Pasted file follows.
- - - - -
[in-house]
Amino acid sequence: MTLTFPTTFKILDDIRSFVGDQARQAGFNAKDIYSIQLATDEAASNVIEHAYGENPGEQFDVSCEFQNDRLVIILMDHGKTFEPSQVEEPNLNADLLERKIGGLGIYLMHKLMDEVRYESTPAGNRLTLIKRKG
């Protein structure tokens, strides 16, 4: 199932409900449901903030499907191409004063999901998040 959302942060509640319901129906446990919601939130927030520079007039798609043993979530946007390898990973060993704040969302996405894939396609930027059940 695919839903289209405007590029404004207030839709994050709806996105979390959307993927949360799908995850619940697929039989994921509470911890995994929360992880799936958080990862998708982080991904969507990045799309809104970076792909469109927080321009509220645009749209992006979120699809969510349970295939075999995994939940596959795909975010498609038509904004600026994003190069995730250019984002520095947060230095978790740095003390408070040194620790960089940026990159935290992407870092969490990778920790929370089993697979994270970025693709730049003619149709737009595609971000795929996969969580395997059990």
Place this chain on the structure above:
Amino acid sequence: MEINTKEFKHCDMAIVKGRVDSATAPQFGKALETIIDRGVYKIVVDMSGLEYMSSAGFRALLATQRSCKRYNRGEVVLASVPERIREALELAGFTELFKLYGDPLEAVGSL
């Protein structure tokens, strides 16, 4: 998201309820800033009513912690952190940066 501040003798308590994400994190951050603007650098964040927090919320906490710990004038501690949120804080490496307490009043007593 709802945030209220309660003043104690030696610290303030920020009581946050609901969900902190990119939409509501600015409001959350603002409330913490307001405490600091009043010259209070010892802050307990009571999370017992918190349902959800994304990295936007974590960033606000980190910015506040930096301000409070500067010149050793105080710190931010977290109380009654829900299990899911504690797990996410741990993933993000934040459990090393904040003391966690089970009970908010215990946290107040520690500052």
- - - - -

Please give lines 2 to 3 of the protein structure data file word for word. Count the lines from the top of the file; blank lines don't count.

Amino acid sequence: MTLTFPTTFKILDDIRSFVGDQARQAGFNAKDIYSIQLATDEAASNVIEHAYGENPGEQFDVSCEFQNDRLVIILMDHGKTFEPSQVEEPNLNADLLERKIGGLGIYLMHKLMDEVRYESTPAGNRLTLIKRKG
């Protein structure tokens, strides 16, 4: 199932409900449901903030499907191409004063999901998040 959302942060509640319901129906446990919601939130927030520079007039798609043993979530946007390898990973060993704040969302996405894939396609930027059940 695919839903289209405007590029404004207030839709994050709806996105979390959307993927949360799908995850619940697929039989994921509470911890995994929360992880799936958080990862998708982080991904969507990045799309809104970076792909469109927080321009509220645009749209992006979120699809969510349970295939075999995994939940596959795909975010498609038509904004600026994003190069995730250019984002520095947060230095978790740095003390408070040194620790960089940026990159935290992407870092969490990778920790929370089993697979994270970025693709730049003619149709737009595609971000795929996969969580395997059990």